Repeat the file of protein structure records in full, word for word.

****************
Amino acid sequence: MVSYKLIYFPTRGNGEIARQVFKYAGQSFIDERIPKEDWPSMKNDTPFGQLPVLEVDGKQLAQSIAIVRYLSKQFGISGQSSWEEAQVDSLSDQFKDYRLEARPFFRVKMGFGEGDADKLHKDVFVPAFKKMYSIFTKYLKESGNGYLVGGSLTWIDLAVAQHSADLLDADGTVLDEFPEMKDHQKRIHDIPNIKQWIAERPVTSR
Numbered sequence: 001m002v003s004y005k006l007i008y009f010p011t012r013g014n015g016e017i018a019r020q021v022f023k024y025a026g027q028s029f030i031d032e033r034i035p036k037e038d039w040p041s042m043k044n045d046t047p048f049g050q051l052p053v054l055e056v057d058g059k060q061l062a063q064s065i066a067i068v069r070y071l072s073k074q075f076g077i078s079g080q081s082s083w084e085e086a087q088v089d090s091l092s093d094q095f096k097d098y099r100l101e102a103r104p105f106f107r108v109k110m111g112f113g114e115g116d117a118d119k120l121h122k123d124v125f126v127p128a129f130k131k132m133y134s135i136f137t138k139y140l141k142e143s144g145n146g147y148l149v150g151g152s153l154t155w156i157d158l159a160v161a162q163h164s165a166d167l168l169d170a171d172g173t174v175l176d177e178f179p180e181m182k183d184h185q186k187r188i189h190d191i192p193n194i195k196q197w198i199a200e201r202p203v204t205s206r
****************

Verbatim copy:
Amino acid sequence: MVSYKLIYFPTRGNGEIARQVFKYAGQSFIDERIPKEDWPSMKNDTPFGQLPVLEVDGKQLAQSIAIVRYLSKQFGISGQSSWEEAQVDSLSDQFKDYRLEARPFFRVKMGFGEGDADKLHKDVFVPAFKKMYSIFTKYLKESGNGYLVGGSLTWIDLAVAQHSADLLDADGTVLDEFPEMKDHQKRIHDIPNIKQWIAERPVTSR
Numbered sequence: 001m002v003s004y005k006l007i008y009f010p011t012r013g014n015g016e017i018a019r020q021v022f023k024y025a026g027q028s029f030i031d032e033r034i035p036k037e038d039w040p041s042m043k044n045d046t047p048f049g050q051l052p053v054l055e056v057d058g059k060q061l062a063q064s065i066a067i068v069r070y071l072s073k074q075f076g077i078s079g080q081s082s083w084e085e086a087q088v089d090s091l092s093d094q095f096k097d098y099r100l101e102a103r104p105f106f107r108v109k110m111g112f113g114e115g116d117a118d119k120l121h122k123d124v125f126v127p128a129f130k131k132m133y134s135i136f137t138k139y140l141k142e143s144g145n146g147y148l149v150g151g152s153l154t155w156i157d158l159a160v161a162q163h164s165a166d167l168l169d170a171d172g173t174v175l176d177e178f179p180e181m182k183d184h185q186k187r188i189h190d191i192p193n194i195k196q197w198i199a200e201r202p203v204t205s206r